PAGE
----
Crisis and opportunities for new nuclear power

There was a study of advanced nuclear reactors costs by the Energy Options Network.

Energy Options Network looked at

Elysium Industries MSR
General Electric SFR
Moltex Energy MSR
NuScale Power APWR
Terrestrial Energy MSR Canada
ThorCon Power MSR
Transatomic Power MSR
X-energy

Two of the companies had construction costs of about $2100 per KW and operating costs of $14-20 per MWH. Those costs are about three times less than conventional nuclear power.

Conventional nuclear power is having trouble competing with low-cost natural gas and increasingly competitive solar and wind.

There are three main drivers for new nuclear power
* the need for existing commercial nuclear operators and possibly some coal plants to have an option for replacing conventional nuclear power plants
* the need for Asian countries (China, India, Indonesia, South Korea and others) to have a lot of new clean energy to match their economic growth
* the need for the US military to have a strong commercial nuclear industry to support and integrate with military nuclear needs

The United States military cannot let commercial US nuclear power fade away.

Military nuclear power and systems depend upon a strong commercial nuclear power industry.

Most of the companies studied by Energy Options Network look like solid commercial energy options.

The ThorCon molten salt reactor has the potential to be built at ship construction yards. This could scale to 100 gigawatts per year. This is the most interesting option for the US military.

30 thoughts on “Crisis and opportunities for new nuclear power”

  1. As Scaryjello pointed out, military nuclear doesn’t rely on civilian, it’s the other way round – half the reactor operators are ex-navy. ( They might get some tritium to keep warheads current, but other sources would work. )

    Reply
  2. As Scaryjello pointed out military nuclear doesn’t rely on civilian it’s the other way round – half the reactor operators are ex-navy. ( They might get some tritium to keep warheads current but other sources would work. )

    Reply
  3. I hate to agree with that. Safety is not in the design; it is in people (and processes) as you state. All the gen 3/4 designs have a passive safety case where they depressurize and reflood under gravity (ESBWR, AP1000) or shut down with an extremely high over temperature (MSR, GTMHR, LMFR). Actually using those “passive” backups would be considered a grave failure – if the plants survived these accuations, they would likely be decommissioned anyway at great capital cost. It wouldn’t be considered a success to learn that the ap1000 core flood tanks work as designed – at best it would be “well at least the core did not melt when we lost that plant”.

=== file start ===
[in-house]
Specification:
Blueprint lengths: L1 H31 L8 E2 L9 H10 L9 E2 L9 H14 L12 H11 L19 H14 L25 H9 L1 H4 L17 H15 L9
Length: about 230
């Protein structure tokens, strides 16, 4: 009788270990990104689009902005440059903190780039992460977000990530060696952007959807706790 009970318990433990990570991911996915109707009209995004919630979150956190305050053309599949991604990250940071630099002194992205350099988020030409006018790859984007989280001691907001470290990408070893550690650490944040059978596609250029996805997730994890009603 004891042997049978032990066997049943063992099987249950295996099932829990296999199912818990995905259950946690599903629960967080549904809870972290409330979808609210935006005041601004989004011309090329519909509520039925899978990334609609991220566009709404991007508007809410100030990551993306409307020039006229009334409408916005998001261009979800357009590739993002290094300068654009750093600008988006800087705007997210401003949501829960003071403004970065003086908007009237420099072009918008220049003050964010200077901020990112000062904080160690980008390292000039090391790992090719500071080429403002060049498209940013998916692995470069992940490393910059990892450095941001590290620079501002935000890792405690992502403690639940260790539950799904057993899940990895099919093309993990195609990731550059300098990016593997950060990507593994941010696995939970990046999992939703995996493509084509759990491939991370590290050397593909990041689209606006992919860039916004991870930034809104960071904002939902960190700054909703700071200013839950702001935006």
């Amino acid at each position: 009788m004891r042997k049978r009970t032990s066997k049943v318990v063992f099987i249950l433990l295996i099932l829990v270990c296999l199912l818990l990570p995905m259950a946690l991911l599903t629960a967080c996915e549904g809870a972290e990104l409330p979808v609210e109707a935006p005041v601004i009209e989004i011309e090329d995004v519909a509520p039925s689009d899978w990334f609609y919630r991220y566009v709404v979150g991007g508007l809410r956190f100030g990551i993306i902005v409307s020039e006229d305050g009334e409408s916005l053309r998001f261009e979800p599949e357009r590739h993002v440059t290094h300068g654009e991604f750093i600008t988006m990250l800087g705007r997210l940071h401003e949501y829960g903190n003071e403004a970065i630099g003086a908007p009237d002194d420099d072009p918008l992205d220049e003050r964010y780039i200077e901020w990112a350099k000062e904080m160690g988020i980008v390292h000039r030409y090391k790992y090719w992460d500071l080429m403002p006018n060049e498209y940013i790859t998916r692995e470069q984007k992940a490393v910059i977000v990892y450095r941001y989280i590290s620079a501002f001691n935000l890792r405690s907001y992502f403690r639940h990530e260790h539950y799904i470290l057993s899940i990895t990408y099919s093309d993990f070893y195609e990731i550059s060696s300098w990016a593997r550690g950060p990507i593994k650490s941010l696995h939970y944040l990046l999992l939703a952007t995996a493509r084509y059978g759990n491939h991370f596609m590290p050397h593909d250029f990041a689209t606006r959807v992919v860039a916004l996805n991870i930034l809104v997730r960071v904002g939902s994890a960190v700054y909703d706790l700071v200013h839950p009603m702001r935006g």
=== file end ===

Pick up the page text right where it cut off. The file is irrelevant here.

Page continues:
Reply
  4. Shellenberger has an article in the latest Forbes. Google /if-radical-innovation-makes-nuclear-power-expensive-why-do-we-think-it-will-make-nuclear-cheap It discusses the likelihood of the success of novel reactors. His reasoning is sound. The probability of commercial success is minimal. It’s relatively easy to make something experimental but scaling to commercial and meeting realistic safety standards is very hard. The $/MWh estimates are optimistic at best. They assume successful volume production, optimistic financing and 95% capacity factor. Current fossil fuel plants average 50% but could theoretically be 95%. Why will nuclear be any different? Imagine if nuclear had been successful in the 70s and proliferated around the world. Syria and Iraq would undoubtedly have had reactors for ISIS to play with. Safety is not in the design, its in the people and what they do. Look at the continuing unsolved mess in Fukushima.

    Reply
  5. I hate to agree with that. Safety is not in the design; it is in people (and processes) as you state. All the gen 3/4 designs have a passive safety case where they depressurize and reflood under gravity (ESBWR AP1000) or shut down with an extremely high over temperature (MSR GTMHR LMFR). Actually using those passive”” backups would be considered a grave failure – if the plants survived these accuations”””” they would likely be decommissioned anyway at great capital cost. It wouldn’t be considered a success to learn that the ap1000 core flood tanks work as designed – at best it would be “”””well at least the core did not melt when we lost that plant””””.”””

    Reply
  6. Shellenberger has an article in the latest Forbes. Google /if-radical-innovation-makes-nuclear-power-expensive-why-do-we-think-it-will-make-nuclear-cheap It discusses the likelihood of the success of novel reactors. His reasoning is sound. The probability of commercial success is minimal. It’s relatively easy to make something experimental but scaling to commercial and meeting realistic safety standards is very hard. The $/MWh estimates are optimistic at best. They assume successful volume production optimistic financing and 95{22800fc54956079738b58e74e4dcd846757aa319aad70fcf90c97a58f3119a12} capacity factor. Current fossil fuel plants average 50{22800fc54956079738b58e74e4dcd846757aa319aad70fcf90c97a58f3119a12} but could theoretically be 95{22800fc54956079738b58e74e4dcd846757aa319aad70fcf90c97a58f3119a12}. Why will nuclear be any different? Imagine if nuclear had been successful in the 70s and proliferated around the world. Syria and Iraq would undoubtedly have had reactors for ISIS to play with. Safety is not in the design its in the people and what they do. Look at the continuing unsolved mess in Fukushima.

    Reply
  7. For nuclear power to survive it has to be much cheaper than any alternative. So it must be engineered as such. I am thinking a molten salt reactor with a two chambered container with a temperature activated plug as a safety device. The controlled mechanism would be temperature. Either CO2 or Helium would be the working fluid. The container would be Roman concrete lined with a ceramic or a metal alloy. The reactor must be inherently safe, simple and cheap.